Harvey does it all as Mets win Cincy finale

Harvey does it all as Mets win Cincy finale

Harvey does it all as Mets win Cincy finale
CINCINNATI -- The way Matt Harvey debuted earlier this year for the Mets, it seemed reasonable to fret about his imperfections. Harvey was effective but inefficient. He was electric but flawed.

So it was a relief for the Mets to watch Harvey dominate as he did in Thursday's 8-4 win over the Reds. With Jason Bay leading a rejiggered lineup in support of him, Harvey did not allow a hit until the fifth inning nor a run until the seventh, submitting by far his most efficient outing of the season against one of the National League's best offenses.

"Awesome," was how Harvey described the effort, saying he "absolutely" feels he has improved in the three weeks since making his debut.

"What you saw tonight was a little taste of what this guy's going to be able to do," manager Terry Collins said. "When he's got the command going like he did tonight, everything working, he's going to be tough to hit."

One of the knocks on Harvey throughout his introduction to the big leagues has been his inefficiency -- largely stemming from lapses in command. Though Harvey struck out 11 in an electric debut July 26 at Arizona, his high pitch count kept him from completing six innings that night. Not once in three ensuing starts did Harvey reach the seventh inning.

But partially because the Reds were so aggressive early in counts, particularly late in the game, Harvey shot through Thursday's first seven innings in 75 pitches. He threw 89 on the night, and could have gone longer had Collins not insisted on taking him out of the game on a high note; Harvey departed after putting two men on base with two outs in the eighth.

Though Bobby Parnell navigated the Mets out of that jam, victory did not come until Frank Francisco -- pitching through a steady rainstorm -- served up four hits, one walk and three runs in the ninth, retiring two of the seven batters he faced. Collins finally pulled his closer from the game with the winning run in the on-deck circle, turning to Jon Rauch for the game's final out.

"He was probably shaking," an animated Francisco joked of Harvey, who watched from the dugout as the late rally unfolded.

Before the game, the Mets seemed most concerned about their offense, which had mustered just 2.25 runs per game since returning from a successful West Coast trip. So Collins reconfigured his lineup, resting four regulars and penciling Bay onto the card.

It worked. Bay launched a first-pitch fastball over the right-field wall with one out in the sixth, collecting his first home run and first extra-base hit since July 18 -- a span of 80 plate appearances. He also rapped out an infield single earlier in the game against Bailey, who lasted 5 2/3 innings.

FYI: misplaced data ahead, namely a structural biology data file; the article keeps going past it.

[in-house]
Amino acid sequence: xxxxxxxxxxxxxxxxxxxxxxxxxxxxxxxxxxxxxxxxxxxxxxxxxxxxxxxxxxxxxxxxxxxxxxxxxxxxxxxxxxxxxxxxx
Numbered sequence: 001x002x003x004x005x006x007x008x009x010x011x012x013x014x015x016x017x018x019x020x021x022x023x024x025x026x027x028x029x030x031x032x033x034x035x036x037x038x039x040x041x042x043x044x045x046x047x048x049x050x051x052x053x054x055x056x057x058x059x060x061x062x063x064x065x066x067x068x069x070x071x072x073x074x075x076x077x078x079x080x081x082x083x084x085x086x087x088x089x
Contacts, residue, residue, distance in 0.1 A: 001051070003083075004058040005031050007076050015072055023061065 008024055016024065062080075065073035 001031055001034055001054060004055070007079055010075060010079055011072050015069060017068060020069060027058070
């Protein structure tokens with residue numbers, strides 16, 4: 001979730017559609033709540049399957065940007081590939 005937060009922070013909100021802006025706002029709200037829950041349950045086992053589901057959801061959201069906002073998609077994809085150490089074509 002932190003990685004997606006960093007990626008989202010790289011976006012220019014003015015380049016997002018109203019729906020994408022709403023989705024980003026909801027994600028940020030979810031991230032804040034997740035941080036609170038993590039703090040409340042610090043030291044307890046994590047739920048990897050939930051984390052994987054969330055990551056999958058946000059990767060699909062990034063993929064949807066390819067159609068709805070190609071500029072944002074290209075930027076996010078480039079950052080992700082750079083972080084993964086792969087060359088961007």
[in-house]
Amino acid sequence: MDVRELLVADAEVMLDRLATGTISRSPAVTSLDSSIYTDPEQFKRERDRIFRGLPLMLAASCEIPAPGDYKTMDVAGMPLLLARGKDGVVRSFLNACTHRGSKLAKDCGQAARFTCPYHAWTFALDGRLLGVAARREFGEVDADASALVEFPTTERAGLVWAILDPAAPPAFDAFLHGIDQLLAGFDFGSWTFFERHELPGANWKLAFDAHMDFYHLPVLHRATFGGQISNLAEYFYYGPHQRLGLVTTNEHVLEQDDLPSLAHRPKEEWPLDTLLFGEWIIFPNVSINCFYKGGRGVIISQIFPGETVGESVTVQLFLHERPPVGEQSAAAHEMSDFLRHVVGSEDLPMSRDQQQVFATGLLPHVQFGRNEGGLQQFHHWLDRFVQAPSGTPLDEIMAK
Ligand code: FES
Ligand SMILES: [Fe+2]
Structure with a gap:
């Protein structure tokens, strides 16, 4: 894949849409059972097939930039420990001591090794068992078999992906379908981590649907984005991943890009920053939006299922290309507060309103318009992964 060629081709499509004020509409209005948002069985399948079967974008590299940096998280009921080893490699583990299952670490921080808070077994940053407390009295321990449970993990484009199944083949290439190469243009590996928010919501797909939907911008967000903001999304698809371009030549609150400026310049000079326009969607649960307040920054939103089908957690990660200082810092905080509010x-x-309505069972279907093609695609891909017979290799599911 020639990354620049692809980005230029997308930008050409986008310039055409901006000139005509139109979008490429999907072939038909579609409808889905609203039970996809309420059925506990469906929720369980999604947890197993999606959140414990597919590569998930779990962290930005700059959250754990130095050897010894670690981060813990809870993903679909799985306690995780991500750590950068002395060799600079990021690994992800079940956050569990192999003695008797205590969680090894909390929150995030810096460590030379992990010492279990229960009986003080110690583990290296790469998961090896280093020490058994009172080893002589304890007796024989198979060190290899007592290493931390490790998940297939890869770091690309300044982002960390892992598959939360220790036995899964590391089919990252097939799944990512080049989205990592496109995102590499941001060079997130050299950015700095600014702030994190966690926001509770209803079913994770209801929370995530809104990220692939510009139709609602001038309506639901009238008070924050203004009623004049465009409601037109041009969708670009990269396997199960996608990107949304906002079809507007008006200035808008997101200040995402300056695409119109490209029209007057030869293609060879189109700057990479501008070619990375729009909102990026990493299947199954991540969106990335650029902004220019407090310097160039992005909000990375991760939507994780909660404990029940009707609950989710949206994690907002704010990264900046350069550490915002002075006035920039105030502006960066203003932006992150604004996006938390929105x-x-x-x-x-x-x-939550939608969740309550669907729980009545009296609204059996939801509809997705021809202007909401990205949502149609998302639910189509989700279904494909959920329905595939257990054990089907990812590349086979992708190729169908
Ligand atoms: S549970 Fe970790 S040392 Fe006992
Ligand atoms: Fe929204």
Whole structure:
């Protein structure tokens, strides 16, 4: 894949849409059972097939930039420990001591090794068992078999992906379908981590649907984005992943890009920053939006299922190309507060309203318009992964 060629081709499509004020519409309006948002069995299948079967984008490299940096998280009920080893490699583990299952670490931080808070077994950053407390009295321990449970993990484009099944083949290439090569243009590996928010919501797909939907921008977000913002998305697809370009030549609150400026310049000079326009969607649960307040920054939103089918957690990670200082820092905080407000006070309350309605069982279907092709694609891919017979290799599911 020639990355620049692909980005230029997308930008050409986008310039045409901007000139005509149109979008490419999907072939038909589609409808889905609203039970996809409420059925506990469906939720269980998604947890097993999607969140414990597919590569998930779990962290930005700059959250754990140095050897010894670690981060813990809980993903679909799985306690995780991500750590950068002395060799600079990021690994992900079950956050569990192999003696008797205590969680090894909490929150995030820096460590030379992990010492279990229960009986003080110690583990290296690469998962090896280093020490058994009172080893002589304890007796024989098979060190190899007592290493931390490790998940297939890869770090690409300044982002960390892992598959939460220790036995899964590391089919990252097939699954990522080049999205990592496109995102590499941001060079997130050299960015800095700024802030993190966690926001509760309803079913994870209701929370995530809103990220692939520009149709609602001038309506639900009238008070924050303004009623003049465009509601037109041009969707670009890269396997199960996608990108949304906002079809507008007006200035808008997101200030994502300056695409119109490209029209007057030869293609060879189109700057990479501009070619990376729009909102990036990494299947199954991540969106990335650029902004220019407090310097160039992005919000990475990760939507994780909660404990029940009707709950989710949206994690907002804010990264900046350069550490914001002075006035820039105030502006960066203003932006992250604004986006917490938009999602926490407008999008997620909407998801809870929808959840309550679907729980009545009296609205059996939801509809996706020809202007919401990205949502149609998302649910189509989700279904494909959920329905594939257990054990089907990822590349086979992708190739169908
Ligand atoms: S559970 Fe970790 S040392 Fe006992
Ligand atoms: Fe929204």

"I felt good before with no results," Bay said. "So to get a couple of results and provide that spark, hopefully [it's] that little flint that gets you going a little bit."

But the most meaningful hit of the game may have come from Harvey. After Bay singled and Kelly Shoppach walked in the fourth inning, Bailey -- in his words -- set a fastball "on a tee" for the rookie, who ripped a two-run double for his first two big league RBIs.

"I take pride in not being an easy out," said Harvey, who is now 3-for-9 on the season. "I like baseball's other parts, not just pitching. If I can do everything I can to try to be tough at the plate and help the team out that way, I'll do everything I can."

Even so, the Mets brought Harvey here to pitch, so they were certainly encouraged with what he did on Thursday. In his most efficient outing to date, the right-hander struck out eight to run his season total to 34 -- two fewer than Dwight Gooden racked up over his first five starts in 1984.

"You have to give a lot of credit to the young man over there," Reds manager Dusty Baker said. "He threw a heck of a game."

With less than 30 innings before he hits his team-imposed season limit, Harvey will only have so many more chances to impress the Mets this year. But if his next few starts look anything like this one, good impressions should not be a problem.

"It's only been five starts," Bay said. "But I think the good, so far, has outweighed the not-so-good. And I think that's something to really get people excited."

Anthony DiComo is a reporter for MLB.com. Follow him on Twitter @AnthonyDicomo. This story was not subject to the approval of Major League Baseball or its clubs.